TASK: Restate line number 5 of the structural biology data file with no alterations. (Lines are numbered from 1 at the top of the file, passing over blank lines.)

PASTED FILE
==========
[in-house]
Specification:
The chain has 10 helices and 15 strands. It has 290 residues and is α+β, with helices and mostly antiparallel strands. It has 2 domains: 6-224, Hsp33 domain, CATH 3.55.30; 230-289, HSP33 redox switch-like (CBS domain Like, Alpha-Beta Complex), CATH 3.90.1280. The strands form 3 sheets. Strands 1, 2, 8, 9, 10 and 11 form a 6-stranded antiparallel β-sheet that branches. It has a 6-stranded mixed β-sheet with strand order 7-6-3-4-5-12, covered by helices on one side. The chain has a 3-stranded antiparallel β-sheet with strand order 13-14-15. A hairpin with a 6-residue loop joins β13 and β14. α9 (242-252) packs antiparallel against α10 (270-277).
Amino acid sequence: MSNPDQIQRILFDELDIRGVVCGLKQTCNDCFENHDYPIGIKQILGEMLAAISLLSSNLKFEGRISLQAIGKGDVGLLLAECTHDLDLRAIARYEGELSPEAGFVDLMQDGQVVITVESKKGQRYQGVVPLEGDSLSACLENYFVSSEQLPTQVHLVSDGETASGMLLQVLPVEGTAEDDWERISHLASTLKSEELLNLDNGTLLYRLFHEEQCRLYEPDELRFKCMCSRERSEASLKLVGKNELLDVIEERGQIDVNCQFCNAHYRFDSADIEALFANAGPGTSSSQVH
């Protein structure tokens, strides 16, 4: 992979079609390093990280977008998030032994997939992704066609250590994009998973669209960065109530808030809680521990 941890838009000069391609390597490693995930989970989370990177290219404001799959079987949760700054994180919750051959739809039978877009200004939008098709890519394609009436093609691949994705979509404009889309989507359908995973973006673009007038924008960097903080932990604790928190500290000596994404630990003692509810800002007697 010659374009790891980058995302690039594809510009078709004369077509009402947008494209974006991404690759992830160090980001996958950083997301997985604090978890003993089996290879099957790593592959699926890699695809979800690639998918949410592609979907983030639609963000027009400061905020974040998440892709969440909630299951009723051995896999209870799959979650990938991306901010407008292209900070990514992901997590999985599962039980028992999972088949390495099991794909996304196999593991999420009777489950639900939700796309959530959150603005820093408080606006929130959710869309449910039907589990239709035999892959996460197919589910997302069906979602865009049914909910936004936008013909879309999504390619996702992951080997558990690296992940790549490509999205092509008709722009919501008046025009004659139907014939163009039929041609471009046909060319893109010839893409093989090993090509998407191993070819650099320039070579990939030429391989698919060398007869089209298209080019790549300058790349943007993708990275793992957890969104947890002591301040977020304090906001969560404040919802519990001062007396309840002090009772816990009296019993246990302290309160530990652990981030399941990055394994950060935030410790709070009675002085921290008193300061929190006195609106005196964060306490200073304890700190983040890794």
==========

């Protein structure tokens, strides 16, 4: 992979079609390093990280977008998030032994997939992704066609250590994009998973669209960065109530808030809680521990 941890838009000069391609390597490693995930989970989370990177290219404001799959079987949760700054994180919750051959739809039978877009200004939008098709890519394609009436093609691949994705979509404009889309989507359908995973973006673009007038924008960097903080932990604790928190500290000596994404630990003692509810800002007697 010659374009790891980058995302690039594809510009078709004369077509009402947008494209974006991404690759992830160090980001996958950083997301997985604090978890003993089996290879099957790593592959699926890699695809979800690639998918949410592609979907983030639609963000027009400061905020974040998440892709969440909630299951009723051995896999209870799959979650990938991306901010407008292209900070990514992901997590999985599962039980028992999972088949390495099991794909996304196999593991999420009777489950639900939700796309959530959150603005820093408080606006929130959710869309449910039907589990239709035999892959996460197919589910997302069906979602865009049914909910936004936008013909879309999504390619996702992951080997558990690296992940790549490509999205092509008709722009919501008046025009004659139907014939163009039929041609471009046909060319893109010839893409093989090993090509998407191993070819650099320039070579990939030429391989698919060398007869089209298209080019790549300058790349943007993708990275793992957890969104947890002591301040977020304090906001969560404040919802519990001062007396309840002090009772816990009296019993246990302290309160530990652990981030399941990055394994950060935030410790709070009675002085921290008193300061929190006195609106005196964060306490200073304890700190983040890794």